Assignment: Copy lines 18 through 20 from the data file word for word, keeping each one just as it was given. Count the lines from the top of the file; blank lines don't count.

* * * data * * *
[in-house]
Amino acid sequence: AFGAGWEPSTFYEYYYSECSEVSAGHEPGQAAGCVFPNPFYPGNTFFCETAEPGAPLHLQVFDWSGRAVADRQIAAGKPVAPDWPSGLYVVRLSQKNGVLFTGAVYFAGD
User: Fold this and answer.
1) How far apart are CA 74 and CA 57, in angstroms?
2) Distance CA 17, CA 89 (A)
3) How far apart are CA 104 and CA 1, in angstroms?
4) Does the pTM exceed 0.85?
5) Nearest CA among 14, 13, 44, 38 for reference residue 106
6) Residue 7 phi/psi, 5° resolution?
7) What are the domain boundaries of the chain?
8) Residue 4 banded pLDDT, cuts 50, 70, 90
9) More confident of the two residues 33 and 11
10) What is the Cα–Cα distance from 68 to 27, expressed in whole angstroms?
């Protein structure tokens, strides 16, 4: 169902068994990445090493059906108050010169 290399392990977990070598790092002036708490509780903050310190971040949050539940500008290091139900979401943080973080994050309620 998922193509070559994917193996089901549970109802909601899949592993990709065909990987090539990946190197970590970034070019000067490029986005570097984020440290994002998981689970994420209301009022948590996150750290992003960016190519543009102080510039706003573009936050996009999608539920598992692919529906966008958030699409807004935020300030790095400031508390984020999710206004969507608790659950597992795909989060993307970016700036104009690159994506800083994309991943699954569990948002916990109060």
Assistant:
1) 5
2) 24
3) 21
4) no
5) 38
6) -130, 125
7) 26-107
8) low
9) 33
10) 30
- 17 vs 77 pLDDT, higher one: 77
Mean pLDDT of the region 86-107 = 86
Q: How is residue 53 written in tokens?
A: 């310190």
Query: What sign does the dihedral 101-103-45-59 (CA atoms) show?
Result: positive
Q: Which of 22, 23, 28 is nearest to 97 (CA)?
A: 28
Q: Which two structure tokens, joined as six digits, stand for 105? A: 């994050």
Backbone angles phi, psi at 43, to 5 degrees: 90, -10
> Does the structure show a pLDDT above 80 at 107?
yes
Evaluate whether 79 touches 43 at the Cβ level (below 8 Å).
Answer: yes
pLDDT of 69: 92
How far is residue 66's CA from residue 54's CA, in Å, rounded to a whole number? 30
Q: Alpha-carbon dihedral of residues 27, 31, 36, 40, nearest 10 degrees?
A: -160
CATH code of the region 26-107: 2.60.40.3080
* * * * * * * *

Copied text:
3) 21
4) no
5) 38